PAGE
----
I've been super excited to dive into ukulele this year, as I wrote about in this post. In today's post, I'm writing about something new I've tried recently: centers for ukulele!
I typically set up four centers in my room, around the perimeter, and we rotate every five or so minutes, so that students can go to all of the centers. I like to have my centers all be focused on one concept, or one instrument, so all four of these centers were focused on ukulele!
In the centers I had students do the following:
Center #1: Students practiced several strumming patterns with a PowerPoint from my ukulele lessons set, with the C major chord. They advanced the slides themselves whenever they were ready to move on. Here is a picture of the PowerPoint:
And here is the ukulele lessons set:
Center #2: Students used these cards by David Row from Make Moments Matter, which you can view by clicking on the picture.
The cards were a great way to introduce students to some chords that we didn't have time to learn yet! Students choose a challenge card, then use the other cards to complete the challenge. You could also simply tell students to teach themselves a different chord by using the smaller cards with diagrams.
Center #3: Students finished these worksheets from my No Prep Ukulele worksheets (click the picture to see the worksheets in my store.)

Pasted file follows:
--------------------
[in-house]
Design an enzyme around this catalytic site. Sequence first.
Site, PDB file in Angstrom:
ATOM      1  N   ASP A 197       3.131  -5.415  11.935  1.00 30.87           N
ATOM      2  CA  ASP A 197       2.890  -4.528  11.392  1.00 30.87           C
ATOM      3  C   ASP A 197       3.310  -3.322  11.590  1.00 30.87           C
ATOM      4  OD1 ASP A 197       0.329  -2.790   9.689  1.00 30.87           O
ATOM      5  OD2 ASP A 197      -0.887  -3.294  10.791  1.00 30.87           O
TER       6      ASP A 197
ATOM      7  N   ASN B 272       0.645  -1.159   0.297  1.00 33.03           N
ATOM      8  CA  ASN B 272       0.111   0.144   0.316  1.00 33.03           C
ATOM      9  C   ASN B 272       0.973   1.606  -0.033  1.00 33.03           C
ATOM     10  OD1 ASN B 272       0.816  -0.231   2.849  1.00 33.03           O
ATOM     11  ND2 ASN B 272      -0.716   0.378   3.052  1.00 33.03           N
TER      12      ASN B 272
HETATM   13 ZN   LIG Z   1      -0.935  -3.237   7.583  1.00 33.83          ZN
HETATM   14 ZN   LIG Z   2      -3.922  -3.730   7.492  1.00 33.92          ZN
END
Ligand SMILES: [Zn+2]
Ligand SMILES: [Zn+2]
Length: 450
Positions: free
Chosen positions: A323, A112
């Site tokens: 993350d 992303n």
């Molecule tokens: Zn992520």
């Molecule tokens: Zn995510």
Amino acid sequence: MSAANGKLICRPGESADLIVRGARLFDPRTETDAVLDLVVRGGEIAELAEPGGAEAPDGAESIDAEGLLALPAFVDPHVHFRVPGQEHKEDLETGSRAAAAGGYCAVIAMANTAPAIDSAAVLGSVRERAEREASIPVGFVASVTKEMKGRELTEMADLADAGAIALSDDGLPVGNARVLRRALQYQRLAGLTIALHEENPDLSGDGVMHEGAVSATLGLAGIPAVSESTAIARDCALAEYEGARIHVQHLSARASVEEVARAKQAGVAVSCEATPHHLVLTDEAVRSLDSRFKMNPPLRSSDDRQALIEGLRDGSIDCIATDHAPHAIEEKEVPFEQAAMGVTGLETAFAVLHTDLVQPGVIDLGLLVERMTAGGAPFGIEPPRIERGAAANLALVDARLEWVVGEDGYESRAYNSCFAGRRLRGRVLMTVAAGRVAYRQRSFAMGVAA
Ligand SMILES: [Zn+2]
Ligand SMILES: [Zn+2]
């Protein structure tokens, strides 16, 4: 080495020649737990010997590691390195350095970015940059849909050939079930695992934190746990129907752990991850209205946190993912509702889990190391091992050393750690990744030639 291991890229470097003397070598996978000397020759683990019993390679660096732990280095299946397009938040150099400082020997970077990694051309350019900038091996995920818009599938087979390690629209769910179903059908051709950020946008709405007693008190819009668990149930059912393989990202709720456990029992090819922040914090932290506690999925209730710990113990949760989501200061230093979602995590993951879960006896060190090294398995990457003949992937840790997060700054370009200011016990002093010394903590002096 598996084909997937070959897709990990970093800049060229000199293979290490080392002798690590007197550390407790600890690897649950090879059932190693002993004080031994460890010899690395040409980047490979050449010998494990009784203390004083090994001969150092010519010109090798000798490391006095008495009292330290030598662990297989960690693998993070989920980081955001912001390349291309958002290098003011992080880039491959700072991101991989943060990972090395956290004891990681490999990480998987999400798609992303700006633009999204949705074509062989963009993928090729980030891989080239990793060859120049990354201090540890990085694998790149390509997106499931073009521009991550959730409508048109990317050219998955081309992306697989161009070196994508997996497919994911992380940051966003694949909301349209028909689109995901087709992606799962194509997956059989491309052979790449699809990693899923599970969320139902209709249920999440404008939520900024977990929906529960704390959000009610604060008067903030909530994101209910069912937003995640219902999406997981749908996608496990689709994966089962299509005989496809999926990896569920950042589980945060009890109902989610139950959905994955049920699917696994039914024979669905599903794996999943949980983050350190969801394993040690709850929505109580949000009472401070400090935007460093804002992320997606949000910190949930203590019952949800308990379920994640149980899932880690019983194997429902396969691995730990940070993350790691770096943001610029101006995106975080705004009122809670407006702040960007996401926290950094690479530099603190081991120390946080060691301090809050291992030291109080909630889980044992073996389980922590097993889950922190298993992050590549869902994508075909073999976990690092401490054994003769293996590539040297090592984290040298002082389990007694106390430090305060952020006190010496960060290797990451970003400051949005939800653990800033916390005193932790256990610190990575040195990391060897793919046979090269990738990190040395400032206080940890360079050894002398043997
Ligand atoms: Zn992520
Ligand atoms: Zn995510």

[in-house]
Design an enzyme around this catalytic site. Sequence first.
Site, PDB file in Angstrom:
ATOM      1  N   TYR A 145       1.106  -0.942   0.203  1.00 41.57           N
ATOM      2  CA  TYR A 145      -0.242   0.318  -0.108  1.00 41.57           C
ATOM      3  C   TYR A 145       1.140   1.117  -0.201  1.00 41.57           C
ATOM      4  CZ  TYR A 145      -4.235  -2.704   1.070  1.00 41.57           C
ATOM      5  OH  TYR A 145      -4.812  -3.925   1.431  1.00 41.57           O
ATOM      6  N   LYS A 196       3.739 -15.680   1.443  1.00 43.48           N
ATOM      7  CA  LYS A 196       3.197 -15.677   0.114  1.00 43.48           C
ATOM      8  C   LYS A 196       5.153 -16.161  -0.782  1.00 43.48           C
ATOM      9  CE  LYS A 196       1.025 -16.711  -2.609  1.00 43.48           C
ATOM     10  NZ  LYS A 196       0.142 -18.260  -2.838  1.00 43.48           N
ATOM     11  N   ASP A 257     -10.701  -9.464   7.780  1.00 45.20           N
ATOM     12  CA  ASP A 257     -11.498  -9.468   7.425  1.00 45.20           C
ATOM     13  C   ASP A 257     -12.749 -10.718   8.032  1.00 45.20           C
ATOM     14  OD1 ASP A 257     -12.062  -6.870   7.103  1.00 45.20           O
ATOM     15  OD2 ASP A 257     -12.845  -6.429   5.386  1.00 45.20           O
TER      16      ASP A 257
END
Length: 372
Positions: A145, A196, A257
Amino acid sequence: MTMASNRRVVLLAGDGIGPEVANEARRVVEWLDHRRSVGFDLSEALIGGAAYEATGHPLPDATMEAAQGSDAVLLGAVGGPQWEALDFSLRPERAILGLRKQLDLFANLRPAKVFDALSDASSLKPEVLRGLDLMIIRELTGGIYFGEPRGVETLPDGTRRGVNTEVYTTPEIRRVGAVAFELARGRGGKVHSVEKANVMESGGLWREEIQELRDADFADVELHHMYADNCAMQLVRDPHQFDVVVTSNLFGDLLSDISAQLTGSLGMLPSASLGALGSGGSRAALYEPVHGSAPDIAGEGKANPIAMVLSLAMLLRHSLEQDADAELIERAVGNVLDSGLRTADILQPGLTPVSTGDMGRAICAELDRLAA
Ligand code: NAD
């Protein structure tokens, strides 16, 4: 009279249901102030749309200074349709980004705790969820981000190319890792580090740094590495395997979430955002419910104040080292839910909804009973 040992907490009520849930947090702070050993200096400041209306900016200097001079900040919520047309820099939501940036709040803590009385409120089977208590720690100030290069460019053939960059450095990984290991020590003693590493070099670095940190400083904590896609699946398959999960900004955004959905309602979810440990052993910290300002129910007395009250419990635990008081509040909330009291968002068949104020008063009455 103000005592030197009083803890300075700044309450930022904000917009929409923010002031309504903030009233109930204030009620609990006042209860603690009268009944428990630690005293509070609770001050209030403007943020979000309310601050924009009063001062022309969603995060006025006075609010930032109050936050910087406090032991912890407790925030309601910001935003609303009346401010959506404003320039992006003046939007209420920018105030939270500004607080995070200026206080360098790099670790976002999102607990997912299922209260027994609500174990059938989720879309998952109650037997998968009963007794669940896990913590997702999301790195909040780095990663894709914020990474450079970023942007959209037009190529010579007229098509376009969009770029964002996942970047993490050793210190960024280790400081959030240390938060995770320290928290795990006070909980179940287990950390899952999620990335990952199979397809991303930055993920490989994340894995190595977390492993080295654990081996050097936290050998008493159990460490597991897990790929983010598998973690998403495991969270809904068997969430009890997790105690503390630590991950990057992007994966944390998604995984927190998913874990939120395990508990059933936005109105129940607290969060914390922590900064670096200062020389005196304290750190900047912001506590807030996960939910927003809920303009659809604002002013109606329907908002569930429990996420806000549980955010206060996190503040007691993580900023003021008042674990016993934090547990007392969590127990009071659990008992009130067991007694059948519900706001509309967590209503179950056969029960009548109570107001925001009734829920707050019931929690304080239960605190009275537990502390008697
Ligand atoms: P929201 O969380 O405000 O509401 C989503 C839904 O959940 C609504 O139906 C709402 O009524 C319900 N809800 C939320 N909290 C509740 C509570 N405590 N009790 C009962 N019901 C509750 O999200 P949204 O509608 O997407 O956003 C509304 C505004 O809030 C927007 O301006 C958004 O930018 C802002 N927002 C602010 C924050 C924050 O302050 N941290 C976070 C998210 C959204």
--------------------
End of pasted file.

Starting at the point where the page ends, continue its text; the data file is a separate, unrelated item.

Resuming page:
On one side of the worksheet, they colored in all of the C major chords, and on the other side, they wrote silly sentences to match the names of the strings (the one they've learned from me is Aardvarks Eat Cool Grass, for AECG.)
Center #4: Students scanned a QR code on an iPad to be taken to this YouTube video by Bernadette Teaches Music. It's a really effective way to get them comfortable with the C major chord!
After they got done with the video, they could scan another code to be taken to the A minor chord playalong:
Check out Bernadette's YouTube channel; she has a TON of ukulele tutorial videos!
Here are the QR codes; feel free to take a screenshot and use them with your students! C major:
I actually had students watch these videos on something we have in our district called TangyTube, which takes out commercials. If you don't have something like that in your district, I suggest making Chrome the default browser on your devices and using this extension, so students don't have to watch any commercials.
Every 5 or so minutes, I played the wind chimes, and students rotated to the next center. I was able to float and help people one on one as needed! Because the sound of the ukulele is pretty pleasant, and because one of the centers didn't involve playing, it wasn't super noisy in my room. It was also awesome to see kids teaching themselves, teaching each other, and working at a pace comfortable to them.
Looking for more ukulele centers? Check out this bundled set:
Have you ever tried ukulele centers? Feel free to comment below, and happy teaching!